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Does using silicone in place of metal, Pyrex or other materials have an impact on food taste?

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I am sorry, but health questions are off topic. I voted to close, but I think it is better for me to remove the health part so it can stay open. –  SAJ14SAJ Jul 24 '13 at 17:19
    
Of course, health questions like this one are a little silly in the first place. Materials which are in widespread use in cookware (like silicone, glass, and metals) in the US are regulated by the FDA, so this is not something that you should generally have to worry about. –  Jefromi Jul 24 '13 at 17:34
    
@SAJ14SAJ I was not aware of that. I apologize. I thought this was an issue of food safety. I would assume discussions of non-stick cookware would also be off limits then. –  Michael Horwitz Jul 24 '13 at 18:39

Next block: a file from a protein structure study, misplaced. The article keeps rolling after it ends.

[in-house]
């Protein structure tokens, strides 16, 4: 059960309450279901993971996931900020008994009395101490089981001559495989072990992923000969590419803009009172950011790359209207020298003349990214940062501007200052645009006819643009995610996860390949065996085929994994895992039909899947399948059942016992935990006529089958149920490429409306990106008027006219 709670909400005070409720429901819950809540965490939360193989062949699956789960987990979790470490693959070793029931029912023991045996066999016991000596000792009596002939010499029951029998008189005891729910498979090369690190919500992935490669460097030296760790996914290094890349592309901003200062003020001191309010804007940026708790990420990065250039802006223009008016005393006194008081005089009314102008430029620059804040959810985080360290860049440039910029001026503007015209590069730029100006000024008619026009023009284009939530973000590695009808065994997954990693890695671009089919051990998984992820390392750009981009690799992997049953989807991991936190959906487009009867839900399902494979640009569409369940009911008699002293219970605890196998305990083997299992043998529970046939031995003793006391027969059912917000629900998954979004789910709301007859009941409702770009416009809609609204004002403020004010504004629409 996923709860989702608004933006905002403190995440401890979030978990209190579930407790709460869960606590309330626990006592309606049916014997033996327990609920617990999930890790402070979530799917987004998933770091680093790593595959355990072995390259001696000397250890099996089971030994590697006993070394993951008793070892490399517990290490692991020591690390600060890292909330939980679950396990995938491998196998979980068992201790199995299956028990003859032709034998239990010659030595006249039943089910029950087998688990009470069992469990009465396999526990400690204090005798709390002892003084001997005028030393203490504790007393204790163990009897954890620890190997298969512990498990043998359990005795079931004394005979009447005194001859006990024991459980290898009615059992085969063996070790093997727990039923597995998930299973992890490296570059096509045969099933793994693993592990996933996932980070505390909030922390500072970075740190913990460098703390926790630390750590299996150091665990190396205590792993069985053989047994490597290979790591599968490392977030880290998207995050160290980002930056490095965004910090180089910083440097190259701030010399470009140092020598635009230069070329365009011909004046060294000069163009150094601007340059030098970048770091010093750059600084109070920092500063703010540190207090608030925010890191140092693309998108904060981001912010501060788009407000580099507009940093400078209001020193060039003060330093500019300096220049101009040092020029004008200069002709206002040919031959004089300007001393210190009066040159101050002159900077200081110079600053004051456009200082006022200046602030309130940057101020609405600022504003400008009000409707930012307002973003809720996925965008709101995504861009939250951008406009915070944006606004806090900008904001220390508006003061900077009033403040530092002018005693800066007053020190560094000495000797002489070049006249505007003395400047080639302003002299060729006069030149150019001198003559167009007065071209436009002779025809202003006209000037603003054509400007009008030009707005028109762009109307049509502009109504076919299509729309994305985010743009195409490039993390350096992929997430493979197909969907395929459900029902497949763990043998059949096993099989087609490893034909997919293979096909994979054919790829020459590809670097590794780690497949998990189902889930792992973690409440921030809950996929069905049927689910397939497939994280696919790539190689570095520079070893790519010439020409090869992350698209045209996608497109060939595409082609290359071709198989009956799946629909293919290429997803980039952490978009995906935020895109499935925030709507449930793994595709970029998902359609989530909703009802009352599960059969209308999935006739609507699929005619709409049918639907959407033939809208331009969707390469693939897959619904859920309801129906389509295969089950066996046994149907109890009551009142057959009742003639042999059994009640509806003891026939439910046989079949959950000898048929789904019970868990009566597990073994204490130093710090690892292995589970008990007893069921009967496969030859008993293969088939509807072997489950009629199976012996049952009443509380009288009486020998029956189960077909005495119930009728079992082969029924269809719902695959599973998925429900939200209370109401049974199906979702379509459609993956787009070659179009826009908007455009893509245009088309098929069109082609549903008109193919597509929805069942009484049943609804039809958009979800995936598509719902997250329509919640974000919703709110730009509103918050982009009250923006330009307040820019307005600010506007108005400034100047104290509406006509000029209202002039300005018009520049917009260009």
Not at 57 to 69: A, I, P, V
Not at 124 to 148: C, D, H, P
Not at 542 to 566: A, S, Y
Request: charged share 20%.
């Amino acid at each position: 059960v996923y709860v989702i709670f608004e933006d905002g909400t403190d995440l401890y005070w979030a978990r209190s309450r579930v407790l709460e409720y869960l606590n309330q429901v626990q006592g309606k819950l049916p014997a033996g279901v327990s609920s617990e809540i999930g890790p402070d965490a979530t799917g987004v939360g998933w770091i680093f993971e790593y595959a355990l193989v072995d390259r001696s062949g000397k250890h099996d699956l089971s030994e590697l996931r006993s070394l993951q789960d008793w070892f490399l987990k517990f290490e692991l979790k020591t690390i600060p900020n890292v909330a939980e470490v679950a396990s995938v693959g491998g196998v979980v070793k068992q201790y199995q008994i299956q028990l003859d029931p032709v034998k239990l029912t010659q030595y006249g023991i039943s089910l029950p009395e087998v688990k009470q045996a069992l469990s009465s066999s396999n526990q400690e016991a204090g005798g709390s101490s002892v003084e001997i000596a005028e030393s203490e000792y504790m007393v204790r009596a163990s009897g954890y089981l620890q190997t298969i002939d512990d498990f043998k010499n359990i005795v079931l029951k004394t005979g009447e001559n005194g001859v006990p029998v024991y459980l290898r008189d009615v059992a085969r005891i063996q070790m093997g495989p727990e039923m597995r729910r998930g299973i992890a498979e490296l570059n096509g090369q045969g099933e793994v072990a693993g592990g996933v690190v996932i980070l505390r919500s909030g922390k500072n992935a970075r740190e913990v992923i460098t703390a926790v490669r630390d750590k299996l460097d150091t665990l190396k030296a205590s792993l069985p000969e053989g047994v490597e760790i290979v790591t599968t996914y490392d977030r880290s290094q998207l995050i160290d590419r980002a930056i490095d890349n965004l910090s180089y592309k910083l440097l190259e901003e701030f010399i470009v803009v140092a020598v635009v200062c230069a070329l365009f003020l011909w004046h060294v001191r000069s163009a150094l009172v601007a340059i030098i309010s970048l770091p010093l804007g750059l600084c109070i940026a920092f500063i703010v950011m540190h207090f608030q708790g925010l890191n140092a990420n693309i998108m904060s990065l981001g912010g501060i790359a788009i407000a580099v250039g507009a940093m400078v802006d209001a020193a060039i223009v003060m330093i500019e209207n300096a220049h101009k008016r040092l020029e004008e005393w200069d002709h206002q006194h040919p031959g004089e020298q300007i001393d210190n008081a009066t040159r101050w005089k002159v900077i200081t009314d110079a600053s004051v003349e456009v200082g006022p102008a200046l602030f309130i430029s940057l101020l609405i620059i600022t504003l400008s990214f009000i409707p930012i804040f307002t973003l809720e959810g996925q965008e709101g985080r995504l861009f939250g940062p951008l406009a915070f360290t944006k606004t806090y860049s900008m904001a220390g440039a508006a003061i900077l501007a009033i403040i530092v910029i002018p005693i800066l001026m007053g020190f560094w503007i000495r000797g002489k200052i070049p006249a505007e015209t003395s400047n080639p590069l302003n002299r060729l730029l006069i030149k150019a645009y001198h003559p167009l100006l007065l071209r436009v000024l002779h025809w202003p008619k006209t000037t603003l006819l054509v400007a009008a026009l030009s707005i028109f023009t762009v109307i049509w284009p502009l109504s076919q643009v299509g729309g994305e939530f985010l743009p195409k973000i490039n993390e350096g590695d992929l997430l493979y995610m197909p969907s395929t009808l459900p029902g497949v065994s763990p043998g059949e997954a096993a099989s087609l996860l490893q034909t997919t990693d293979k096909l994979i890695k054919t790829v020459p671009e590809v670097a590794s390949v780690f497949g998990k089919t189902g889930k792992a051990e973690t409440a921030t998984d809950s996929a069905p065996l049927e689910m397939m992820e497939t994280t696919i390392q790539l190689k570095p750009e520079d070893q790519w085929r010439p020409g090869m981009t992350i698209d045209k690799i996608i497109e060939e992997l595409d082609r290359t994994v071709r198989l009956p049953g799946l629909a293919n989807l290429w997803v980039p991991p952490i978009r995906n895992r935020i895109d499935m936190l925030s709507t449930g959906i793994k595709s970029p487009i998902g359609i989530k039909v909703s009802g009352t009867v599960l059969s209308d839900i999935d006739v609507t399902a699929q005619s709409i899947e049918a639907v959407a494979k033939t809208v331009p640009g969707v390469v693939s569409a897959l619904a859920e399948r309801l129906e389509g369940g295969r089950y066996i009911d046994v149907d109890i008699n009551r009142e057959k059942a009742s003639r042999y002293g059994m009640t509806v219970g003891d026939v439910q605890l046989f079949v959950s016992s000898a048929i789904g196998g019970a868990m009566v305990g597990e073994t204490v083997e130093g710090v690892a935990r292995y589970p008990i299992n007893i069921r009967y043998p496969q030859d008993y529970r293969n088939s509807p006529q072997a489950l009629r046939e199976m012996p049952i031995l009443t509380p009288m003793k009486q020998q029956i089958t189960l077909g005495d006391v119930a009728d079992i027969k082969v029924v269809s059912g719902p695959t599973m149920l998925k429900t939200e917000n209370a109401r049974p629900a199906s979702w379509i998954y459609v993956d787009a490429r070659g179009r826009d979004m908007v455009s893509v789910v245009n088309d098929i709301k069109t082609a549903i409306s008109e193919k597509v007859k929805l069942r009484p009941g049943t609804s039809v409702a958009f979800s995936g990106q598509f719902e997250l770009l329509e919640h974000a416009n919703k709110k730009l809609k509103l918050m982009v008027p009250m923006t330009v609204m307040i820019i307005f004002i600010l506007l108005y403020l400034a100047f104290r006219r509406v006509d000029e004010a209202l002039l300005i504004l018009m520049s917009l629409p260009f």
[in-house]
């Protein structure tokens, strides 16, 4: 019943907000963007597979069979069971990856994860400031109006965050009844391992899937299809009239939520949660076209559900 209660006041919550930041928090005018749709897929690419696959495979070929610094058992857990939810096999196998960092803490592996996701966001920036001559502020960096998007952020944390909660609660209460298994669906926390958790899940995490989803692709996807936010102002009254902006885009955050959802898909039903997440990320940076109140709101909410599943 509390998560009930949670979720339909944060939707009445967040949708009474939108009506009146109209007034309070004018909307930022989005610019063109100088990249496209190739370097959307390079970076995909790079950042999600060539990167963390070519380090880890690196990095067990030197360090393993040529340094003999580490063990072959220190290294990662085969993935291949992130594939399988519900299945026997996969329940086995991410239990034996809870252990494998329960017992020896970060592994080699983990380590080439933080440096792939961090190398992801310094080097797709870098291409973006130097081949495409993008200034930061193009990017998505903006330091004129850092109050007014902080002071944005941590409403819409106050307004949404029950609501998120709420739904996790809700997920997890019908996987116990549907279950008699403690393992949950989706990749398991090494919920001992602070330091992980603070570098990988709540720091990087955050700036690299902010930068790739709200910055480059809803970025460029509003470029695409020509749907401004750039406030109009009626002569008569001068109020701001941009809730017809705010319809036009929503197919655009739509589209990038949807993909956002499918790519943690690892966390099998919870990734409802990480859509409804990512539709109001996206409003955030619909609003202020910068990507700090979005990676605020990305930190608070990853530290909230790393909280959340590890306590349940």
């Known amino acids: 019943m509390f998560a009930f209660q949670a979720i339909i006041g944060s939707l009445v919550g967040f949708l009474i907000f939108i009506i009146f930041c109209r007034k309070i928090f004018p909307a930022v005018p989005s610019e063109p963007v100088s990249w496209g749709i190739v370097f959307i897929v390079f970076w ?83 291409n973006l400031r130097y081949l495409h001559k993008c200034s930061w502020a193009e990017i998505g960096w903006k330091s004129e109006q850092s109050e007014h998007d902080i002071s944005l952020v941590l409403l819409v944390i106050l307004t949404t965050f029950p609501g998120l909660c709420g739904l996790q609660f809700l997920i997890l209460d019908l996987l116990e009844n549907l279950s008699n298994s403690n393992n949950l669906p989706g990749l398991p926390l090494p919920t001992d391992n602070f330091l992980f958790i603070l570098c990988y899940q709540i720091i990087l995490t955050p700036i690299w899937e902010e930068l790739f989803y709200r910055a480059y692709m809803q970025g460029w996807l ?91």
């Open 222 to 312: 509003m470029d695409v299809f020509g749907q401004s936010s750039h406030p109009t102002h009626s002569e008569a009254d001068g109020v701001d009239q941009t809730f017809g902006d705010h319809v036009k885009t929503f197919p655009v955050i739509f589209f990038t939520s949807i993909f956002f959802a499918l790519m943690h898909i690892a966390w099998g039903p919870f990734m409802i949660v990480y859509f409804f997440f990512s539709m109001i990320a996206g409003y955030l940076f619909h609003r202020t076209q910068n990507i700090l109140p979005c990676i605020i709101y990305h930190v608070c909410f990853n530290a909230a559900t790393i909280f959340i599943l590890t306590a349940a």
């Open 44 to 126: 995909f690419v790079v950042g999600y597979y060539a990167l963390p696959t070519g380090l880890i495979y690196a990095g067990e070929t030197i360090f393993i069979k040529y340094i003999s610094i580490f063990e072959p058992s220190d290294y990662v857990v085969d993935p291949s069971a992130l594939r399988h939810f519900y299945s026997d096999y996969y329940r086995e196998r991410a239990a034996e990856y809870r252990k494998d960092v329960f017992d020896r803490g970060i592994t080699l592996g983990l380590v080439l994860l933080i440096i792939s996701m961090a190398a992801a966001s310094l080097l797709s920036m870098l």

We do talk about the issue of not heating PTFE above about 450 F, where it off-gases directly poisonous fumes, which is a safety issue. But there are no analogous issues with silicone; any effect that may exist (I don't believe any do) is subtle and long term and thus a health, rather than a safety issue. At least that is how I look it. –  SAJ14SAJ Jul 24 '13 at 20:43
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@MichaelHorwitz Usually, a question like "is there anything that's safe with X but not Y" is okay - for example, with glass versus metal we might point out the risk of shattering by thermal shock. It's debates about "is there a 5% increased chance of some rare disease if you eat your scrambled eggs with a titanium spork" that we want to avoid. I think it'd be fair to edit a food safety angle back into your question, though SAJ14SAJ has probably already answered it. –  Jefromi Jul 24 '13 at 22:21
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1 Answer 1

up vote 10 down vote accepted

Silicone utensils are extremely nonreactive, and thus do not have any impact on the taste of foods directly.

Like most utensils, if they are cut or abraded, and soil remains, that may affect taste or performance, but that is not inherent to the material itself.

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